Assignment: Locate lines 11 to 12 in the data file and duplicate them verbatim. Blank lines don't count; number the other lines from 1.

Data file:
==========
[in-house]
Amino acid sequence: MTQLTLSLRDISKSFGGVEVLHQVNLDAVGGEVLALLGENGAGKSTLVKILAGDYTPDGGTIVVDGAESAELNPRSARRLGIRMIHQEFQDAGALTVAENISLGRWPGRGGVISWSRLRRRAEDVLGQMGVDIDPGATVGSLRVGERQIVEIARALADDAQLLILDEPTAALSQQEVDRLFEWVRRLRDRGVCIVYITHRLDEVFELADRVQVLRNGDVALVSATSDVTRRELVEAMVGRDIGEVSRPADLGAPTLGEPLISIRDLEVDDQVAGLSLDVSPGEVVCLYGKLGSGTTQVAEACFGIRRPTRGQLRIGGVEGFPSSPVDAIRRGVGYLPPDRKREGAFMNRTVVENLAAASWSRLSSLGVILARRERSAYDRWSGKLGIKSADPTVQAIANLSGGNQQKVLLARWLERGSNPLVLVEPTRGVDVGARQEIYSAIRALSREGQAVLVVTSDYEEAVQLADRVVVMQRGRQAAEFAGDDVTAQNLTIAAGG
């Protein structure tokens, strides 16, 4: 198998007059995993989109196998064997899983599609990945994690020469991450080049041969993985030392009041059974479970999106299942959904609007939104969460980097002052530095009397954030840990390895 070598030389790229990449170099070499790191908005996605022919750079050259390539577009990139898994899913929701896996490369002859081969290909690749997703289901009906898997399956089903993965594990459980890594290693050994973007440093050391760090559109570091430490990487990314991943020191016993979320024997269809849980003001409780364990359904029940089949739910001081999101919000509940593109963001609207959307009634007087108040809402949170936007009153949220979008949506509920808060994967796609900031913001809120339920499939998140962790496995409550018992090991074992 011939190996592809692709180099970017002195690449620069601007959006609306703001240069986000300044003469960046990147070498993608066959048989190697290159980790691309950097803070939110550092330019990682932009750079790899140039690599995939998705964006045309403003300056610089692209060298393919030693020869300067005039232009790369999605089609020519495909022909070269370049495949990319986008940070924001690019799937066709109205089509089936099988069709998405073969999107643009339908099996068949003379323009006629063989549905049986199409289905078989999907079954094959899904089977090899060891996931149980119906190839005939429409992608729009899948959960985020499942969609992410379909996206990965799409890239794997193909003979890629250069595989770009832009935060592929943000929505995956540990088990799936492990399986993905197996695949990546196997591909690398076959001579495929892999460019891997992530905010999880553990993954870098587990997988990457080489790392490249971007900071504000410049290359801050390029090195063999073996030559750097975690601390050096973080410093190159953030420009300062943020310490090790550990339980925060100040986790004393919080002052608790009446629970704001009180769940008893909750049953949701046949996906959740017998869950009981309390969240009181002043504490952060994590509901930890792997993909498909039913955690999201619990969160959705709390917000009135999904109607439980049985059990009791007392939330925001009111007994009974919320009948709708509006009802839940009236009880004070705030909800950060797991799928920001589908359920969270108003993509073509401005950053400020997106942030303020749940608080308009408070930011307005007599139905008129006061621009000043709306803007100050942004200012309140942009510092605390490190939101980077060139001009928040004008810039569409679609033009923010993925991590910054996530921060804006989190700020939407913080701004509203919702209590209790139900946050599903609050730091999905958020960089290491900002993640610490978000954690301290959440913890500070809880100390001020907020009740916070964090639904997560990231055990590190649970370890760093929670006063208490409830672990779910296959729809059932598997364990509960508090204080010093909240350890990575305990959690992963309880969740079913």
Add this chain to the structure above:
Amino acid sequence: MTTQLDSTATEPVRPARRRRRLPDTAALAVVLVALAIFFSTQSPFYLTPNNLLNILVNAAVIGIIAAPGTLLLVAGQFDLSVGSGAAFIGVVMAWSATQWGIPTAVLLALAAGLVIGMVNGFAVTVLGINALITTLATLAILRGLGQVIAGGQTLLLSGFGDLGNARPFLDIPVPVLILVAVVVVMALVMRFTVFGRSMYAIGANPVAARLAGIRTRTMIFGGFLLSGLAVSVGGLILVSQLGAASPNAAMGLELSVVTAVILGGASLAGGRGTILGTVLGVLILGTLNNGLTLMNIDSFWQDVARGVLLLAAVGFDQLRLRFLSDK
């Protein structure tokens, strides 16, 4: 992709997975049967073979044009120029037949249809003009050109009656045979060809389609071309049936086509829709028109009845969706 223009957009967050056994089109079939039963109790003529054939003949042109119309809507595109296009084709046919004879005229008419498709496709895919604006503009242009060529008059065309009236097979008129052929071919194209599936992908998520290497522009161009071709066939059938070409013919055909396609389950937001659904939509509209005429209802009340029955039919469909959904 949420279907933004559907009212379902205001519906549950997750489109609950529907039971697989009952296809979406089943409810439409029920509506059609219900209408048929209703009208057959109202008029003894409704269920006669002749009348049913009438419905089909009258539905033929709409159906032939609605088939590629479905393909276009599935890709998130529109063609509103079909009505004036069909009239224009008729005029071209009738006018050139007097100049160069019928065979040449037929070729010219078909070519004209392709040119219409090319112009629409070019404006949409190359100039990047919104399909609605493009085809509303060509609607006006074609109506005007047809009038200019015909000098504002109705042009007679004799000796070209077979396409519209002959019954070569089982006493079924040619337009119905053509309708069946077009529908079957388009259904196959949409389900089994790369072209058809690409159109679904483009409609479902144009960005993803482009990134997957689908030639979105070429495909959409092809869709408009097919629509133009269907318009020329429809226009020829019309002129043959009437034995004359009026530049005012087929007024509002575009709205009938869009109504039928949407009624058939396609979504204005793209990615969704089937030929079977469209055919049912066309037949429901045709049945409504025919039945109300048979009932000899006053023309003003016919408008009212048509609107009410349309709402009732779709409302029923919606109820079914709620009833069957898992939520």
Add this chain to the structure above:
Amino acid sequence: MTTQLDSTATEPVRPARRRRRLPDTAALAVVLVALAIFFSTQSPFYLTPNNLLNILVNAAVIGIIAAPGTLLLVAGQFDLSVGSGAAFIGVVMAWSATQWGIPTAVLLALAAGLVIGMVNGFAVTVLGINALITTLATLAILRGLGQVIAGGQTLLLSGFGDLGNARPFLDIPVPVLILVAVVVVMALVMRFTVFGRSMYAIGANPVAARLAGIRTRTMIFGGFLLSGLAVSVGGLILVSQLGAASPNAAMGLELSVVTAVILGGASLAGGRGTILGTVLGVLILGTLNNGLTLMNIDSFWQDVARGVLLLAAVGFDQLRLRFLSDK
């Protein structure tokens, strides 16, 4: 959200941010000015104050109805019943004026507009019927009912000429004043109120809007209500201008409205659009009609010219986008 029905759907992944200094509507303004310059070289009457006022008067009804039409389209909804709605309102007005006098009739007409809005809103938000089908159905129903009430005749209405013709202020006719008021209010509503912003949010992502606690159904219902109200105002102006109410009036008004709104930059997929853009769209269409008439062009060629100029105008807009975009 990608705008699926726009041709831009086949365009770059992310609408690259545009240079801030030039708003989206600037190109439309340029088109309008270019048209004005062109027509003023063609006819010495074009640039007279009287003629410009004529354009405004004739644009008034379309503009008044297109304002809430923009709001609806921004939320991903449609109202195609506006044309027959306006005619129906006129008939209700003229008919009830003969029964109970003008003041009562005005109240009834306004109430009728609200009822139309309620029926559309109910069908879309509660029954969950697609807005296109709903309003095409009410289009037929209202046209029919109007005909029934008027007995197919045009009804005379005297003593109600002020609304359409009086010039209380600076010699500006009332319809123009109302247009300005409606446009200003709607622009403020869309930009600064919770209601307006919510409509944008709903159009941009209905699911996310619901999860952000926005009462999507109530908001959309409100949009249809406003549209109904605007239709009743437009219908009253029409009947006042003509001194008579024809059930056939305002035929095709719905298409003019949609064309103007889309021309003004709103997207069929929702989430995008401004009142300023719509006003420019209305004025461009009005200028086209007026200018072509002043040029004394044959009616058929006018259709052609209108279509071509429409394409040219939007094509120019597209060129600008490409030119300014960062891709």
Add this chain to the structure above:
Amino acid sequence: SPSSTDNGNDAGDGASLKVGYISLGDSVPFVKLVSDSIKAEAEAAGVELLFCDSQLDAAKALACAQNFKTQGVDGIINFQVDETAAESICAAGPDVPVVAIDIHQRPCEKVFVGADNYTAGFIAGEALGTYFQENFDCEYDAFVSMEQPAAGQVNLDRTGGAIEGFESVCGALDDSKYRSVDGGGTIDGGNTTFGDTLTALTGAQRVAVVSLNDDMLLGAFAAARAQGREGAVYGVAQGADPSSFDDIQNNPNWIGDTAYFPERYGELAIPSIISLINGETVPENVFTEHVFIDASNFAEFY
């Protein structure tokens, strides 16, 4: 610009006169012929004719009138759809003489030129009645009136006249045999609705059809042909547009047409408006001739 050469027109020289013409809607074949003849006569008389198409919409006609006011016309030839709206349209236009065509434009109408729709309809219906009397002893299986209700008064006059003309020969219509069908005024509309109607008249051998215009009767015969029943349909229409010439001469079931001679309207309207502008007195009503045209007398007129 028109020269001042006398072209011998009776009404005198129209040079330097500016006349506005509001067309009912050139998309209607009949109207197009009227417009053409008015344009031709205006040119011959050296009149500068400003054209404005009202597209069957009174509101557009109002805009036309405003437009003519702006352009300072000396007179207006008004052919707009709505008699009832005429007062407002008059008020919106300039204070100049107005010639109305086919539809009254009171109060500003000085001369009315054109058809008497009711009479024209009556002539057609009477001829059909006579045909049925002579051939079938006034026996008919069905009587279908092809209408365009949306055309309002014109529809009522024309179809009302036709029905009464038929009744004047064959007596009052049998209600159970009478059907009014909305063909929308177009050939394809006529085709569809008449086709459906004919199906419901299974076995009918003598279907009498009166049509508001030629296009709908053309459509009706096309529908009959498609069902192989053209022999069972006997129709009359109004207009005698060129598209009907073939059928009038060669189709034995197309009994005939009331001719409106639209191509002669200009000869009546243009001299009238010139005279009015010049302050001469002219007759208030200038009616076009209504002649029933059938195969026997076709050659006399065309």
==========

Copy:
Amino acid sequence: SPSSTDNGNDAGDGASLKVGYISLGDSVPFVKLVSDSIKAEAEAAGVELLFCDSQLDAAKALACAQNFKTQGVDGIINFQVDETAAESICAAGPDVPVVAIDIHQRPCEKVFVGADNYTAGFIAGEALGTYFQENFDCEYDAFVSMEQPAAGQVNLDRTGGAIEGFESVCGALDDSKYRSVDGGGTIDGGNTTFGDTLTALTGAQRVAVVSLNDDMLLGAFAAARAQGREGAVYGVAQGADPSSFDDIQNNPNWIGDTAYFPERYGELAIPSIISLINGETVPENVFTEHVFIDASNFAEFY
């Protein structure tokens, strides 16, 4: 610009006169012929004719009138759809003489030129009645009136006249045999609705059809042909547009047409408006001739 050469027109020289013409809607074949003849006569008389198409919409006609006011016309030839709206349209236009065509434009109408729709309809219906009397002893299986209700008064006059003309020969219509069908005024509309109607008249051998215009009767015969029943349909229409010439001469079931001679309207309207502008007195009503045209007398007129 028109020269001042006398072209011998009776009404005198129209040079330097500016006349506005509001067309009912050139998309209607009949109207197009009227417009053409008015344009031709205006040119011959050296009149500068400003054209404005009202597209069957009174509101557009109002805009036309405003437009003519702006352009300072000396007179207006008004052919707009709505008699009832005429007062407002008059008020919106300039204070100049107005010639109305086919539809009254009171109060500003000085001369009315054109058809008497009711009479024209009556002539057609009477001829059909006579045909049925002579051939079938006034026996008919069905009587279908092809209408365009949306055309309002014109529809009522024309179809009302036709029905009464038929009744004047064959007596009052049998209600159970009478059907009014909305063909929308177009050939394809006529085709569809008449086709459906004919199906419901299974076995009918003598279907009498009166049509508001030629296009709908053309459509009706096309529908009959498609069902192989053209022999069972006997129709009359109004207009005698060129598209009907073939059928009038060669189709034995197309009994005939009331001719409106639209191509002669200009000869009546243009001299009238010139005279009015010049302050001469002219007759208030200038009616076009209504002649029933059938195969026997076709050659006399065309």